Review: Second Star by Alyssa B. Sheinmel

May 5, 2014 Raquel Romero 0 ½

Second Star by Alyssa B. Sheinmel
Publication Date: May 13th 2014
Publisher: Farrar, Straus and Giroux (BYR)
Genres: Contemporary, Young Adult
Pages: 256
Format: eARC
Source: Farrar, Straus and Giroux (BYR), NetGalley

A twisty story about love, loss, and lies, this contemporary oceanside adventure is tinged with a touch of dark magic as it follows seventeen-year-old Wendy Darling on a search for her missing surfer brothers. Wendy’s journey leads her to a mysterious hidden cove inhabited by a tribe of young renegade surfers, most of them runaways like her brothers. Wendy is instantly drawn to the cove’s charismatic leader, Pete, but her search also points her toward his nemesis, the drug-dealing Jas. Enigmatic, dangerous, and handsome, Jas pulls Wendy in even as she's falling hard for Pete. A radical reinvention of J. M. Barrie's classic tale, Second Star is an irresistible summer romance about two young men who have yet to grow up—and the troubled beauty trapped between them.

I received this ARC for free in exchange for an honest review. This does not affect my opinion of the book or the content of my review.

My Thoughts

Worries weigh you down. You need to be light enough to fly.

I didnt realize when I first started reading this story that Second Star is a slight, modern adaptation of Peter Pan. I noticed the similarities, of course, but it want until later that I finally got it. With the summer rapidly approaching, beach reads are popping all over the place, among them Second Star. The very definition of a summer read, Second Star makes the beach its home for the majority of the novel. This is the first book Ive read that delves so much into surfing, and while Ive seen movies and TV shows, reading is a whole new experience. More than that, though, is the fantasy tied into this book that truly sets its mark.

Wendy Darling has spent the past seven months wondering where her twin brothers are, refusing to believe that theyre dead. Desperate to find them, she goes on a journey that brings her face-to-face with a fantasy. Now that Ive finished reading Second Star can I appreciate its dream-like quality. I found Wendy as a narrator a little hard to connect with, and perhaps that has a lot to do with her instability. Regardless, I still felt for her loss and the pain she experienced when she finally realized the truth. Despite her coping mechanism, I had to admire Wendys loyalty and dedication in getting her family back together. Even though she was never truly close with her brothers, she still felt it was her responsibility to keep them safeand that is mirrored in every page.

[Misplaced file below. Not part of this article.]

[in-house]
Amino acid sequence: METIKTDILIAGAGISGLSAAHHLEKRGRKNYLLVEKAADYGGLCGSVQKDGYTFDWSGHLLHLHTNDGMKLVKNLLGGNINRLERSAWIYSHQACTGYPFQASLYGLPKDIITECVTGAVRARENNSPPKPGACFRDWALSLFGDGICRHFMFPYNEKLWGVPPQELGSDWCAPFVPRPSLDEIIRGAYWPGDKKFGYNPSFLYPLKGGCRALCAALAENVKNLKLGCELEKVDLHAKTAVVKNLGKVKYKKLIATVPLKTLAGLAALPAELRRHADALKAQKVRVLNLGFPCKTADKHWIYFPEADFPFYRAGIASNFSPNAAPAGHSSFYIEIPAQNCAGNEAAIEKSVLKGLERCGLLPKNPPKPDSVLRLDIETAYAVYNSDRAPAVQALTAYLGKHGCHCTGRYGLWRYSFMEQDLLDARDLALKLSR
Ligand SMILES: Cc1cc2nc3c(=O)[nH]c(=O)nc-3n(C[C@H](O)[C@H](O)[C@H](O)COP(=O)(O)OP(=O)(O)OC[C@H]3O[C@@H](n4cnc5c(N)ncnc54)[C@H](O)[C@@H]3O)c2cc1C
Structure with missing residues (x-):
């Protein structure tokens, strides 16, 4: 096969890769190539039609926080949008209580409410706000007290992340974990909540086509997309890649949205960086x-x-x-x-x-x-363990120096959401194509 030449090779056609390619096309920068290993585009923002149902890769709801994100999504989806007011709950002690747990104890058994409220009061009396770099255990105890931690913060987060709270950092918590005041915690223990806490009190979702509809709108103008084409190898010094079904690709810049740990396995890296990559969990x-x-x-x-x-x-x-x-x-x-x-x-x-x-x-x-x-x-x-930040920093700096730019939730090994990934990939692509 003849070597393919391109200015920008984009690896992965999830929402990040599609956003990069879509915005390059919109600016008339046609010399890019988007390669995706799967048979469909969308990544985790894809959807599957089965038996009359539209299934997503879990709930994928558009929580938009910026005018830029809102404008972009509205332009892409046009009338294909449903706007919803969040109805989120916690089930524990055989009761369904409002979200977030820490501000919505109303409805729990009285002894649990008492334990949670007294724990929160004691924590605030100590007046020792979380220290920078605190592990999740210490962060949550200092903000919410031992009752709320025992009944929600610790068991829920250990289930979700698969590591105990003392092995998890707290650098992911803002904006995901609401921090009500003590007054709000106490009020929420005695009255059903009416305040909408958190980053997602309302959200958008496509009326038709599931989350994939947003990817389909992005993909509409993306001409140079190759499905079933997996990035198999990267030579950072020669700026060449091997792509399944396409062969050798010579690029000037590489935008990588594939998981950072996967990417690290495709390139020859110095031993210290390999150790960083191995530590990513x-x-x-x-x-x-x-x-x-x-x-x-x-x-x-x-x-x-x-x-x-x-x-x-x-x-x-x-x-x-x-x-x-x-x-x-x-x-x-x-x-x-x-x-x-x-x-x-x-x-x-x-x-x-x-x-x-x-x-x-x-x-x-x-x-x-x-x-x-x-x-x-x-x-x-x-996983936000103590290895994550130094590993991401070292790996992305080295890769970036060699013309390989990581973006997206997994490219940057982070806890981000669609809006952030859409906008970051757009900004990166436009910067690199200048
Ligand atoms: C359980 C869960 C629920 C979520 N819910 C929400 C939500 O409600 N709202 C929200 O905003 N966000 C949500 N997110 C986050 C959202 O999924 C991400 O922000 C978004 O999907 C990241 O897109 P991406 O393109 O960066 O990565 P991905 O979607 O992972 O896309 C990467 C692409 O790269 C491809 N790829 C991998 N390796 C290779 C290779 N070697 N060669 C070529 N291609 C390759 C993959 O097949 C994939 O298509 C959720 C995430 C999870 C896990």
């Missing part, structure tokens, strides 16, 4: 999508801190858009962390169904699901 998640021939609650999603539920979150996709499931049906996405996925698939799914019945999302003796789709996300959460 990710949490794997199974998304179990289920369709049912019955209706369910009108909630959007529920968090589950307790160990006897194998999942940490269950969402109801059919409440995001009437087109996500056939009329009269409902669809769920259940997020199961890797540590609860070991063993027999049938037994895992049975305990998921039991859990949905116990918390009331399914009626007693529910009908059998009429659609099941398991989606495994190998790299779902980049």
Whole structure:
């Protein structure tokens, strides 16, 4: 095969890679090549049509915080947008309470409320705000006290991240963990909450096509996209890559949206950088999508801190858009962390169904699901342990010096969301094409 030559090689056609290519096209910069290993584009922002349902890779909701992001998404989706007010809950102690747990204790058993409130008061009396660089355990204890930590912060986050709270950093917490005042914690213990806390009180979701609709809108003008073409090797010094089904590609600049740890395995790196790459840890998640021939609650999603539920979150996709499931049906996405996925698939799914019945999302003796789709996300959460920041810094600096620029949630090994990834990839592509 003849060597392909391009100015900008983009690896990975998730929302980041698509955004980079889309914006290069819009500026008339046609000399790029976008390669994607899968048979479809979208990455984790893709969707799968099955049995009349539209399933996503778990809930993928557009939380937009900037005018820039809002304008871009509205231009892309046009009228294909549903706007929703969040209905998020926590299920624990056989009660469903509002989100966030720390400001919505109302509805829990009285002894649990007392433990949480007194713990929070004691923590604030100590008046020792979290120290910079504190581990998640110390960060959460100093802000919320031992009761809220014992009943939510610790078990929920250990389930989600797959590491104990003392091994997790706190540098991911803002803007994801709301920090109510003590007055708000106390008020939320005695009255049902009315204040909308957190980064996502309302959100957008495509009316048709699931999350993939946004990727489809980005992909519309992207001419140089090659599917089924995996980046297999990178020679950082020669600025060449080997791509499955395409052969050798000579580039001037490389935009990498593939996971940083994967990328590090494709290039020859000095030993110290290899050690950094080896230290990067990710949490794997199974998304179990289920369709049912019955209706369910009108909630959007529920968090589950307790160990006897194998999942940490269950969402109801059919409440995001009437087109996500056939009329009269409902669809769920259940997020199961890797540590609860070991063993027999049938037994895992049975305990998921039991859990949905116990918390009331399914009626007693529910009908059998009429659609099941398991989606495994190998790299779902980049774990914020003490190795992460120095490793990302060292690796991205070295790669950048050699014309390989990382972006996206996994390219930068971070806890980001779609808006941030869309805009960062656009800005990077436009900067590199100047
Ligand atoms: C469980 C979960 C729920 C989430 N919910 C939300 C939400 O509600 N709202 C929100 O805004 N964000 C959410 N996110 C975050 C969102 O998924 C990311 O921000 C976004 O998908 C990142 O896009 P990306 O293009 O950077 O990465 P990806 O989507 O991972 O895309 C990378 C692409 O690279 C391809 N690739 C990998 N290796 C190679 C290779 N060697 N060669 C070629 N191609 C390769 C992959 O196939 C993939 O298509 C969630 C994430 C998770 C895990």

While the synopsis promises a love triangle, and while I could see Pete and Jas appeal, I didnt find Wendys love for them realistic. Once again, now that Ive finished the book, I can see why it ties in so well with its adaptation of the classic tale. Yet while reading, I didnt feel like Wendy had spent enough time with either boy to fall in love with them. Second Stars pace is relatively fast, with days and weeks passing by in a blur, and perhaps Wendy did spend enough time with them. But I couldnt see it, and that made it much more inevitable for me to root for either guy. Furthermore, Second Stars primary objective was in the discovery of Wendys brothers whereabouts, and the addition of Pete and Jas tended to get in the way of that.

Different people cope with tragedy in different ways, and Second Star explores Wendys unique experience. One thing is for sure: Sheinmel leaves us wondering about the reality of Wendys summer, long after the novel ends, and for that I have to congratulate her.

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